How to recognize domestic abuse

Pujan Dahal

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Shaina Frost told students Thursday  that jeaolusy was the root of dating violence.

“We have an innate ability to be jealous,” said Frost, from the Wellspring Counseling and Family Development Center.

Frost said jealousy often causes people to react with a controlling behvior.

“Dating violence is the pattern of behaviors that one person uses to gain power and control over others,” Frost said.

“It is not an isolated incident, but a series of controlling and manipulating behaviors.”

Frost said that dating violence is “complementary” to domestic violence.

She said it can be physical, emotional or psychological abuse. She also said that it can be economic, sexual or spiritual abuse.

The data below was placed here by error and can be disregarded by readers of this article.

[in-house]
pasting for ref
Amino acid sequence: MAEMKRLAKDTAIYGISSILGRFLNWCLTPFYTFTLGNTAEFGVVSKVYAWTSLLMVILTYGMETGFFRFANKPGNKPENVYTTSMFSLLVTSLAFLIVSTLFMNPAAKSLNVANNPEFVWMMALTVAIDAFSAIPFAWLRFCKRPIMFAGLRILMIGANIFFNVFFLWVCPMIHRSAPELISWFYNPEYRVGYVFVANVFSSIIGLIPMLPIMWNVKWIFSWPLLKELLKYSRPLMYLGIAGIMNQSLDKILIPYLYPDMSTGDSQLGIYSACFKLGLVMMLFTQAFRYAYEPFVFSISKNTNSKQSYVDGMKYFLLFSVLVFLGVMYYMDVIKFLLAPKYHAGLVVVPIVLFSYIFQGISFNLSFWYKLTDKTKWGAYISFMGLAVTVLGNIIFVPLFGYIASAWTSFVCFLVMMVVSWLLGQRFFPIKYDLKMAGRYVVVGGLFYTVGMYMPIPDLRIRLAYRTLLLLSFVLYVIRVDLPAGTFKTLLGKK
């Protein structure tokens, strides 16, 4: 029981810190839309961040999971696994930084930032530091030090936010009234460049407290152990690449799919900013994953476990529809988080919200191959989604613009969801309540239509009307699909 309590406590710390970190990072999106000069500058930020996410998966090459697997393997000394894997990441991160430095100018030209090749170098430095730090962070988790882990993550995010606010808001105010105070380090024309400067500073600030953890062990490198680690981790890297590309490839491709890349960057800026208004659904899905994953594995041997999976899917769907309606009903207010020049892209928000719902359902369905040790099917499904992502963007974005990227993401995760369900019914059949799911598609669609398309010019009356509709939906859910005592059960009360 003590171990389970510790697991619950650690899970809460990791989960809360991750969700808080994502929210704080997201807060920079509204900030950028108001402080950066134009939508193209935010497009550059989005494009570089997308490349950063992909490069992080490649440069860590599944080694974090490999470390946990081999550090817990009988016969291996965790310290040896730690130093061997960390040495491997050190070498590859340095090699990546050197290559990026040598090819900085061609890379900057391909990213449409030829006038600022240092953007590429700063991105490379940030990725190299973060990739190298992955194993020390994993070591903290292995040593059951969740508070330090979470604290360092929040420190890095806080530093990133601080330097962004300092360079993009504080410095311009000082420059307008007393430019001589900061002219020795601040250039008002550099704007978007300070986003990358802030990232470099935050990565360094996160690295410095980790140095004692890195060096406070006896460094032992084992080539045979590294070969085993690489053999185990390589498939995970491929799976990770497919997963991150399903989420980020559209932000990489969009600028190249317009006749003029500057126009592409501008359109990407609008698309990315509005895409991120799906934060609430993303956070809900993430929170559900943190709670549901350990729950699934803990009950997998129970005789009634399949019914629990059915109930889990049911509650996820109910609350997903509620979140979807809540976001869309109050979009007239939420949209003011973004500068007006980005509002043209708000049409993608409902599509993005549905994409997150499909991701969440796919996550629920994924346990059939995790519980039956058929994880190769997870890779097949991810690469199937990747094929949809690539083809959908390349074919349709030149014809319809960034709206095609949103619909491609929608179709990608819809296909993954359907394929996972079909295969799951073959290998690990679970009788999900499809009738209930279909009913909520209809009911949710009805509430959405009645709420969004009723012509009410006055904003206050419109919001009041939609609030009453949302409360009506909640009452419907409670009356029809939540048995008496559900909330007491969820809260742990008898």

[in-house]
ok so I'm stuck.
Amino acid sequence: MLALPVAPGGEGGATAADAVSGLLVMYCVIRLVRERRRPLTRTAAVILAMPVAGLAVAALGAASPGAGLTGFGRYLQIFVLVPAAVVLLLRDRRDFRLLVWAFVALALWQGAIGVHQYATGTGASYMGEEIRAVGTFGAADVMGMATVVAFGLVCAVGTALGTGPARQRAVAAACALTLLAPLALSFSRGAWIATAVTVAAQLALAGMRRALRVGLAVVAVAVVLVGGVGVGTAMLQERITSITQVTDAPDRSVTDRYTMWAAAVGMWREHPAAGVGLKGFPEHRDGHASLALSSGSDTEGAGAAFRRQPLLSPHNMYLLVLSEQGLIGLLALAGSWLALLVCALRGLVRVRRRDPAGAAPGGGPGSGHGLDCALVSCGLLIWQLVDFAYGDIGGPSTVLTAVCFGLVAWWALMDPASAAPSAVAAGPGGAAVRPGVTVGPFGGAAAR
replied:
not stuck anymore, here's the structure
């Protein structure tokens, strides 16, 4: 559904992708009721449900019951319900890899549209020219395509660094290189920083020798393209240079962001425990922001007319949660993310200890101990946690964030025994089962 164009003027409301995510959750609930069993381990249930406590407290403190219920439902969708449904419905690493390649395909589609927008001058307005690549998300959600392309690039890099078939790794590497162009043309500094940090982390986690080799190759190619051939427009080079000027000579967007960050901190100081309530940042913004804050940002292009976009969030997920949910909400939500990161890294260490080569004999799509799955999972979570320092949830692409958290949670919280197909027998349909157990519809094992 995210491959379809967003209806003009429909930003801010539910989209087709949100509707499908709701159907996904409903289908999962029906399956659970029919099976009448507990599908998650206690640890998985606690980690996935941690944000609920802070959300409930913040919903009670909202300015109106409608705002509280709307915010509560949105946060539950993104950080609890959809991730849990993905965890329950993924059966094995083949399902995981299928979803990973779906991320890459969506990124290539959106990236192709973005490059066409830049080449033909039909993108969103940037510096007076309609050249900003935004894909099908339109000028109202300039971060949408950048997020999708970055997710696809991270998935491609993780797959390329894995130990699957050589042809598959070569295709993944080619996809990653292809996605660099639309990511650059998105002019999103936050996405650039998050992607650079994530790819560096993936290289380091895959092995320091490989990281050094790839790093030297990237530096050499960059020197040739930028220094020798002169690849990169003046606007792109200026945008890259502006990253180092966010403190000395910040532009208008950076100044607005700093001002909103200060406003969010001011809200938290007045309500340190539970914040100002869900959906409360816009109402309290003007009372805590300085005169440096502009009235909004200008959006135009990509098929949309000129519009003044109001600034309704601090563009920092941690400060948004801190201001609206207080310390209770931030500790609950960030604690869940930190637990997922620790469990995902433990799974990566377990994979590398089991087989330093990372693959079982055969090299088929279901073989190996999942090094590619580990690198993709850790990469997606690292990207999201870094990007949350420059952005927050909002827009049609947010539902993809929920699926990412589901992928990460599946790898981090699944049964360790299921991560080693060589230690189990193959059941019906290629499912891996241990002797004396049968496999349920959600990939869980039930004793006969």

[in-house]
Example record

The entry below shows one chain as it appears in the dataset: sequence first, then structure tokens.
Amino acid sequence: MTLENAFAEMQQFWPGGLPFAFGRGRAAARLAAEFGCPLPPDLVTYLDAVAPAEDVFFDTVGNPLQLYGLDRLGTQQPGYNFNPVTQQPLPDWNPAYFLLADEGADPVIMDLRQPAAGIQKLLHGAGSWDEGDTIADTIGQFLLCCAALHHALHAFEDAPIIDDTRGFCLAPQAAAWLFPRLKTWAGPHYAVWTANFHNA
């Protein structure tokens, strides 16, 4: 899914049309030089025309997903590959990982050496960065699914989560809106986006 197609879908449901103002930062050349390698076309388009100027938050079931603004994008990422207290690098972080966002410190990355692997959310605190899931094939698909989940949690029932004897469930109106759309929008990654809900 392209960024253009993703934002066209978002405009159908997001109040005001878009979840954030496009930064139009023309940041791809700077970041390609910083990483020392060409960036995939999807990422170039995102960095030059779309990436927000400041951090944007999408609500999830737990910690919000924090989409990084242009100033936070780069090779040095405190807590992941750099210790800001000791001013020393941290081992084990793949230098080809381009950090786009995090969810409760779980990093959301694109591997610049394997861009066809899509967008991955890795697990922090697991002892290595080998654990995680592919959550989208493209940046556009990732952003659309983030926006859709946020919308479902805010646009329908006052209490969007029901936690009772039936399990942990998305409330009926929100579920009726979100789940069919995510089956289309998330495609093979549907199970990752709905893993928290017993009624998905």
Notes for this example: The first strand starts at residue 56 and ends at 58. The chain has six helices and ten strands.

“Dating violence is the viscous circle of power and control,” said Frost. “The abuser may intimidate, use children or even threat the victim.”

Frost said that every 9 seconds in the USA a woman is assaulted or beaten and that one in three women and one in four men have been physically abused by an intimate partner.

She also said that Louisiana has the fourth highest rate of women murdered by men in a year.

“Men struggle with identity,” said Frost. “They have the feeling of emasculation and fear to ask for help. Hence, a man refrains from sharing his experience.”

Chareaveon Tubbs said she would reach out to the person struggling

Tubbs said if she ever witnesses a situation where she suspects someone is being abused, she will be as senstitive as possible.

“I will listen first without being judgmental. If he or she doesn’t respond to me, I will focus on his or her needs and feelings,” said Tubbs, a sophomore pre-nursing major. “I will not criticize at any cost.”

Frost said that even though people identify themselves as victims they  don’t leave because of the fear that abuser’s violent behavior will escalate.

She said that if violence exceeds  the limit, the best thing is to dial 911. Frost said that victims can also call the Wellspring Crisis Hotline.